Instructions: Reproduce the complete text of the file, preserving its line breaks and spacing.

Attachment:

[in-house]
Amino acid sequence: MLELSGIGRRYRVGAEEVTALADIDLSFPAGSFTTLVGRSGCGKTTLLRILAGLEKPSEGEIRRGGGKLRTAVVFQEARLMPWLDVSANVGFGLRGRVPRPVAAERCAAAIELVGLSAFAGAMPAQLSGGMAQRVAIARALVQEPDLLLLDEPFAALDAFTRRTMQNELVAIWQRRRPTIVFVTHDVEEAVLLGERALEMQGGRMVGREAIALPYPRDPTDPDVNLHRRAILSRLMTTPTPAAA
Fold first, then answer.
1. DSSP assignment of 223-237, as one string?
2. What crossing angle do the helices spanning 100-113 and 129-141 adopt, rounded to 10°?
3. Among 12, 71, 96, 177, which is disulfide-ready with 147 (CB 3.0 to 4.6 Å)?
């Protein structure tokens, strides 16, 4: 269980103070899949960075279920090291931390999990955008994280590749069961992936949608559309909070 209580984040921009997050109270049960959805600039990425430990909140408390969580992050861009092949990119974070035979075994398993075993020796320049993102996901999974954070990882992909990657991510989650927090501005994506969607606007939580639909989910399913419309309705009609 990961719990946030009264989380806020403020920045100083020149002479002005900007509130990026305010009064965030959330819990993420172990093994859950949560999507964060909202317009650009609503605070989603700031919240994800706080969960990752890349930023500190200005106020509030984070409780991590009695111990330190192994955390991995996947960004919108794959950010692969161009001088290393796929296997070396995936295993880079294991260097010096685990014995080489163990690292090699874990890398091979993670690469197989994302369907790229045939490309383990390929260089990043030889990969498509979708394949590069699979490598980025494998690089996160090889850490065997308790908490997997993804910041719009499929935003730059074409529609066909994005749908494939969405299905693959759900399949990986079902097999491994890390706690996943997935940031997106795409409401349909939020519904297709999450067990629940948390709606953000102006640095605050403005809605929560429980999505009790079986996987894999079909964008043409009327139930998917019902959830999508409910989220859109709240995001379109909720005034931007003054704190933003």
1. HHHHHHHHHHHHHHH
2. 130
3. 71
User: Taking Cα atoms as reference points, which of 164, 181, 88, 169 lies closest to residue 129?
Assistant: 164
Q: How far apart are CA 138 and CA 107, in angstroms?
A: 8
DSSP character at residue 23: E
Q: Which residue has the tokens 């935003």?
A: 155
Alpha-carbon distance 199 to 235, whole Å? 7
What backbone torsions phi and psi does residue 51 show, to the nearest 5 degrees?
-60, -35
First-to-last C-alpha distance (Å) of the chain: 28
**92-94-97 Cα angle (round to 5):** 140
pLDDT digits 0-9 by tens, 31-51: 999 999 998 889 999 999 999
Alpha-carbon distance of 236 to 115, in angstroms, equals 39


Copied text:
[in-house]
Amino acid sequence: MLELSGIGRRYRVGAEEVTALADIDLSFPAGSFTTLVGRSGCGKTTLLRILAGLEKPSEGEIRRGGGKLRTAVVFQEARLMPWLDVSANVGFGLRGRVPRPVAAERCAAAIELVGLSAFAGAMPAQLSGGMAQRVAIARALVQEPDLLLLDEPFAALDAFTRRTMQNELVAIWQRRRPTIVFVTHDVEEAVLLGERALEMQGGRMVGREAIALPYPRDPTDPDVNLHRRAILSRLMTTPTPAAA
Fold first, then answer.
1. DSSP assignment of 223-237, as one string?
2. What crossing angle do the helices spanning 100-113 and 129-141 adopt, rounded to 10°?
3. Among 12, 71, 96, 177, which is disulfide-ready with 147 (CB 3.0 to 4.6 Å)?
């Protein structure tokens, strides 16, 4: 269980103070899949960075279920090291931390999990955008994280590749069961992936949608559309909070 209580984040921009997050109270049960959805600039990425430990909140408390969580992050861009092949990119974070035979075994398993075993020796320049993102996901999974954070990882992909990657991510989650927090501005994506969607606007939580639909989910399913419309309705009609 990961719990946030009264989380806020403020920045100083020149002479002005900007509130990026305010009064965030959330819990993420172990093994859950949560999507964060909202317009650009609503605070989603700031919240994800706080969960990752890349930023500190200005106020509030984070409780991590009695111990330190192994955390991995996947960004919108794959950010692969161009001088290393796929296997070396995936295993880079294991260097010096685990014995080489163990690292090699874990890398091979993670690469197989994302369907790229045939490309383990390929260089990043030889990969498509979708394949590069699979490598980025494998690089996160090889850490065997308790908490997997993804910041719009499929935003730059074409529609066909994005749908494939969405299905693959759900399949990986079902097999491994890390706690996943997935940031997106795409409401349909939020519904297709999450067990629940948390709606953000102006640095605050403005809605929560429980999505009790079986996987894999079909964008043409009327139930998917019902959830999508409910989220859109709240995001379109909720005034931007003054704190933003």
1. HHHHHHHHHHHHHHH
2. 130
3. 71
User: Taking Cα atoms as reference points, which of 164, 181, 88, 169 lies closest to residue 129?
Assistant: 164
Q: How far apart are CA 138 and CA 107, in angstroms?
A: 8
DSSP character at residue 23: E
Q: Which residue has the tokens 């935003």?
A: 155
Alpha-carbon distance 199 to 235, whole Å? 7
What backbone torsions phi and psi does residue 51 show, to the nearest 5 degrees?
-60, -35
First-to-last C-alpha distance (Å) of the chain: 28
**92-94-97 Cα angle (round to 5):** 140
pLDDT digits 0-9 by tens, 31-51: 999 999 998 889 999 999 999
Alpha-carbon distance of 236 to 115, in angstroms, equals 39